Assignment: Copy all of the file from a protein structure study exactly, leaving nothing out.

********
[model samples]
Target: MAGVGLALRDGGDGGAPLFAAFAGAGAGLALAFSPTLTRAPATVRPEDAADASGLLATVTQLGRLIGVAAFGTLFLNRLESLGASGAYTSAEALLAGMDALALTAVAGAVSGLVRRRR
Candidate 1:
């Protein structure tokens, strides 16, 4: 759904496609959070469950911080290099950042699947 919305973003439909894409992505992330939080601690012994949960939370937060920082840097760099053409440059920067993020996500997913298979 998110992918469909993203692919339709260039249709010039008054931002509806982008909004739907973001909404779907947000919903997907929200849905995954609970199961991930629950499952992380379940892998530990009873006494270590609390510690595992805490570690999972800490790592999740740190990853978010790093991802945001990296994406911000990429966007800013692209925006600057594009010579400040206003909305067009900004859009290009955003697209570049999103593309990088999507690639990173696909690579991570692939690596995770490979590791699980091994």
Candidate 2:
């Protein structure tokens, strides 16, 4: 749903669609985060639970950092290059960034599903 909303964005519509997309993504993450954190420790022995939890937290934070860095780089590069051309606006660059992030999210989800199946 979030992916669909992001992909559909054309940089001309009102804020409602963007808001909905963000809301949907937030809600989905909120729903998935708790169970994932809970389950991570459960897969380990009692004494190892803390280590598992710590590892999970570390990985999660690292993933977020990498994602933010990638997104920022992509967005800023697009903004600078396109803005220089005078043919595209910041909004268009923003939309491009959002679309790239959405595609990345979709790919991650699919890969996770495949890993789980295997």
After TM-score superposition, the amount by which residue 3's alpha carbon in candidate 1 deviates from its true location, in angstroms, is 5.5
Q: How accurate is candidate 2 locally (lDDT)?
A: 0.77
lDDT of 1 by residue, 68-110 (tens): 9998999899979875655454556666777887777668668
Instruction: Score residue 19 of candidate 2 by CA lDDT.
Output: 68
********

[model samples]
Target: MAGVGLALRDGGDGGAPLFAAFAGAGAGLALAFSPTLTRAPATVRPEDAADASGLLATVTQLGRLIGVAAFGTLFLNRLESLGASGAYTSAEALLAGMDALALTAVAGAVSGLVRRRR
Candidate 1:
């Protein structure tokens, strides 16, 4: 759904496609959070469950911080290099950042699947 919305973003439909894409992505992330939080601690012994949960939370937060920082840097760099053409440059920067993020996500997913298979 998110992918469909993203692919339709260039249709010039008054931002509806982008909004739907973001909404779907947000919903997907929200849905995954609970199961991930629950499952992380379940892998530990009873006494270590609390510690595992805490570690999972800490790592999740740190990853978010790093991802945001990296994406911000990429966007800013692209925006600057594009010579400040206003909305067009900004859009290009955003697209570049999103593309990088999507690639990173696909690579991570692939690596995770490979590791699980091994």
Candidate 2:
């Protein structure tokens, strides 16, 4: 749903669609985060639970950092290059960034599903 909303964005519509997309993504993450954190420790022995939890937290934070860095780089590069051309606006660059992030999210989800199946 979030992916669909992001992909559909054309940089001309009102804020409602963007808001909905963000809301949907937030809600989905909120729903998935708790169970994932809970389950991570459960897969380990009692004494190892803390280590598992710590590892999970570390990985999660690292993933977020990498994602933010990638997104920022992509967005800023697009903004600078396109803005220089005078043919595209910041909004268009923003939309491009959002679309790239959405595609990345979709790919991650699919890969996770495949890993789980295997």
After TM-score superposition, the amount by which residue 3's alpha carbon in candidate 1 deviates from its true location, in angstroms, is 5.5
Q: How accurate is candidate 2 locally (lDDT)?
A: 0.77
lDDT of 1 by residue, 68-110 (tens): 9998999899979875655454556666777887777668668
Instruction: Score residue 19 of candidate 2 by CA lDDT.
Output: 68